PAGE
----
You are hereFfynnon Elian (St. Elian's Well)
Ffynnon Elian (St. Elian's Well)
St Elian’s Well, like most Holy Well’s was associated with having healing properties until around 1723 when it developed a reputation for being a cursing well. Thought to have sprang forth to quench the thirst of St Elian in the 6th century, the well was a source of pilgrimage for many centuries. Pilgrims were thought to pay a groat (2p in today's money) or its equivalent value in bread in order to obtain a cure for a ill young child. Part of the healing ritual was an attempt the empty the well three times. This changed though when the waters were soured by the greed of the visitors.
We are told by Wirt Sykes in his ‘British Goblins’ (1881) ’St. Elian's is accounted the most dreadful well in Wales. It is in the parish of Llanelian, Denbighshire. It is at the head of the cursing wells, of which there are but few in the Principality, and holds still a strong influence over the ignorant mind. The popular belief is that you can put 'your enemy’ into this well, i.e., render him subject to its evil influence, so that he will pine away and perhaps die unless the curse be removed. The degree and nature of the curse can be modified as the ‘offerer’ desires, so that the obnoxious person will suffer aches and pains in his body, or troubles in his pocket — the slings and arrows of outrageous fortune. The minister of the well appears to be some heartless wretch residing in the neighbourhood, whose services are enlisted for a small fee. The name of the person to be ‘put into' the well is registered in a book kept by the wretch aforesaid, and a pin is cast into the well in his name, together with a pebble inscribed with its initials. The person so cursed soon hears of it, and the fact preys on his mind; he imagines for himself every conceivable ill, and if gifted with a lively faith soon finds himself reduced to a condition where he cannot rest till he has secured the removal of the curse. This is effected by a reversal of the above ceremonies — erasing the name, taking out the pebble, and otherwise appeasing the spirit of the well. It is asserted that death has in many instances resulted from the curse of this wickedly malicious well.’
The following story of the cursing of Pedws Ffowk appeared in ‘The Welsh Fairy Book’ (1908) by W. Jenkyn Thomas. ‘PEDWS FFOWK was for three years afflicted with a complaint which nobody could understand. She was well and yet she was not well: she was sick and yet she was not sick. That is to say, she had no ache or pain, and her appetite was good. But all the time she became thinner and thinner, until at last she was nothing but skin and bone. She went to doctor after doctor, but they could not find out what was the matter with her. She consulted quacks also, but even they did her no good. Finally, she went to a wise man. He, after hearing her story, said, "Someone has put you into St. Elian's Well."
"What do you mean by that?" asked Pedws.
"Someone has gone to the woman who keeps. the well," answered the wise man, "and put your name on the register, and thrown a pin into the well, together with a pebble with your initials on it."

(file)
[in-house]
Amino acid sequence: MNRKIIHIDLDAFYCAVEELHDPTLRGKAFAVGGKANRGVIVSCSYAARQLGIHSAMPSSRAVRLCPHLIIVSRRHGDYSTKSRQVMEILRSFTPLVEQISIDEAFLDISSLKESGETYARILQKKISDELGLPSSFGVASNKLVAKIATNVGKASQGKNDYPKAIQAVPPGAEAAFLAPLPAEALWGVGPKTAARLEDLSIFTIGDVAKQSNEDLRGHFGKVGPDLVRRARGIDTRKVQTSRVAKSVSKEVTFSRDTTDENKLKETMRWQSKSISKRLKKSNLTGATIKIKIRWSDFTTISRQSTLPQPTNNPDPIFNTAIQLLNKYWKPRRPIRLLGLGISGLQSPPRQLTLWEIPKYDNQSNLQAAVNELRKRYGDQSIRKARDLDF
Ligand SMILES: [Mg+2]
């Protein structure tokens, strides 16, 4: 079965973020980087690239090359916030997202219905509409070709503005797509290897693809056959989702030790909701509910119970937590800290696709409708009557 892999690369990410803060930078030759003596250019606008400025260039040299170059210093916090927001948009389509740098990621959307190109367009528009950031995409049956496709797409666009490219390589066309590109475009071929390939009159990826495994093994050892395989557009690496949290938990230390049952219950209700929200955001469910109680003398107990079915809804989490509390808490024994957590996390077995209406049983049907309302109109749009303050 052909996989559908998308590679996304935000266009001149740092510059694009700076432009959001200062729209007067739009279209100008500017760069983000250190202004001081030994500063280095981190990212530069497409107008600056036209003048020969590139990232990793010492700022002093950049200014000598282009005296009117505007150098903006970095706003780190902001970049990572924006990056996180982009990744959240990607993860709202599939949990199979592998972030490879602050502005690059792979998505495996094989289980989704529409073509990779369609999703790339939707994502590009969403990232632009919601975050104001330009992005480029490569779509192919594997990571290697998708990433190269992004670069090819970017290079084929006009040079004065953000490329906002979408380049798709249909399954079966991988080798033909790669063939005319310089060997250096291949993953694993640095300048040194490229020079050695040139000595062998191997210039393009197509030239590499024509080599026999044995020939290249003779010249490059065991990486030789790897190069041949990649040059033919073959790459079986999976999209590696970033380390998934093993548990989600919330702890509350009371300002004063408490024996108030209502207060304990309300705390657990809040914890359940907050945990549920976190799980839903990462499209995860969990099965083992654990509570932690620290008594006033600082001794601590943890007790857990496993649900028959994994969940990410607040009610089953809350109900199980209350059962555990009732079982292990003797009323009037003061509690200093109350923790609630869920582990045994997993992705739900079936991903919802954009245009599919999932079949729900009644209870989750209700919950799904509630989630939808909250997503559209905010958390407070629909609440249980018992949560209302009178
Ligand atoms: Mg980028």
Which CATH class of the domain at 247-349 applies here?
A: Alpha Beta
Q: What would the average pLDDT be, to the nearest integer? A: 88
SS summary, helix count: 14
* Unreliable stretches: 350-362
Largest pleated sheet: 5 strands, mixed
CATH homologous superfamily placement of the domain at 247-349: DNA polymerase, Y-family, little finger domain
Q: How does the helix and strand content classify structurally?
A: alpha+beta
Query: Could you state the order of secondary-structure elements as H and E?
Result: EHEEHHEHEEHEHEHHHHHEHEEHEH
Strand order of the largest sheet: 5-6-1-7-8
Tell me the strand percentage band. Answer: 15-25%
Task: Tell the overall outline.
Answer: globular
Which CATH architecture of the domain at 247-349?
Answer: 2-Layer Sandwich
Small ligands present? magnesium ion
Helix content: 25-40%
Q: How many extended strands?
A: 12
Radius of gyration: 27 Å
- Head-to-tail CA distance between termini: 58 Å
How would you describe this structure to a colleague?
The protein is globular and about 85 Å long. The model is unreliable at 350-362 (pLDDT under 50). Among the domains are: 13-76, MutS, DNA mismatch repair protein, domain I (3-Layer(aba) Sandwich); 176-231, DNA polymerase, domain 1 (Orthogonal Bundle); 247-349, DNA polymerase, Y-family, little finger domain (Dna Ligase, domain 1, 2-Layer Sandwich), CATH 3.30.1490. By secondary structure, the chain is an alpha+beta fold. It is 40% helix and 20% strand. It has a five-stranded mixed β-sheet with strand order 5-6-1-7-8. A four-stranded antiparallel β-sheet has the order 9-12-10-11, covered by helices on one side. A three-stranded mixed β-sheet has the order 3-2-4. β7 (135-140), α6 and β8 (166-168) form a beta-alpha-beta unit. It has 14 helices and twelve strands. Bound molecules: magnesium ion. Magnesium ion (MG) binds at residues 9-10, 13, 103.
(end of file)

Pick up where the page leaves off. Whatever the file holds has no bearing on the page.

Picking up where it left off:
"Well, what is the harm of that?" inquired Pedws, who had not heard of the power of the cursing well.
"You are cursed," was the reply, "and unless the curse is removed, you will pine away and die."
"But what am I to do?" said Pedwa, now thoroughly frightened.
"You must go to the woman who keeps the well, and pay her to take you out of the well," was the wise man's advice.
Pedws lost no time in going to the guardian of the well, who, for a small fee, agreed to examine her register. Sure enough, the name of Pedws Ffowk was there inscribed, and the date of the entry corresponded with the time when she had begun to waste away. On the payment of another and a larger sum of money the priestess of the fountain agreed to take out of the water the stone on which the initials of Pedws Ffowk were scratched. From that moment flesh began to grow on her bones, and before long her clothes, which had hung upon her like rags upon a scarecrow, were filled out as well as they had ever been. Pedws lived to a good old age, and her greatest trouble was that she never found out which of her best friends had put her into the well.
Methods of invoking the curse changed depending upon the guardian, so sometimes it was said to involve other ingredients such as using the well water for drinking, using lead, parchment and slate for seals and the use of small miniatures representing the cursed individual that were stabbed with pins and then cast into the well. Obviously the more intricate the ritual, the more likely the victim was to believe was to believe in the occult powers being employed against them. I also think that the purchaser of the curse would feel that that they got more value for their money.
In 1829 or 1828 the local Methodist Minister and his congregation decided put an end to the trade in curses and arranged to have the well destroyed. A local man named John Evans or Jac Ffynnon Elian diverted the waters safely onto his own land and hence he could continue the business and became the next guardian of the well. Although he had to spend a few months in jail for fraud when found guilty of charging people to remove curses that had not been cast, Jac continued the tradition for several decades before the well was finally closed in 1850 and is no longer accessible.
[Note the map below does not show the exact location of the well]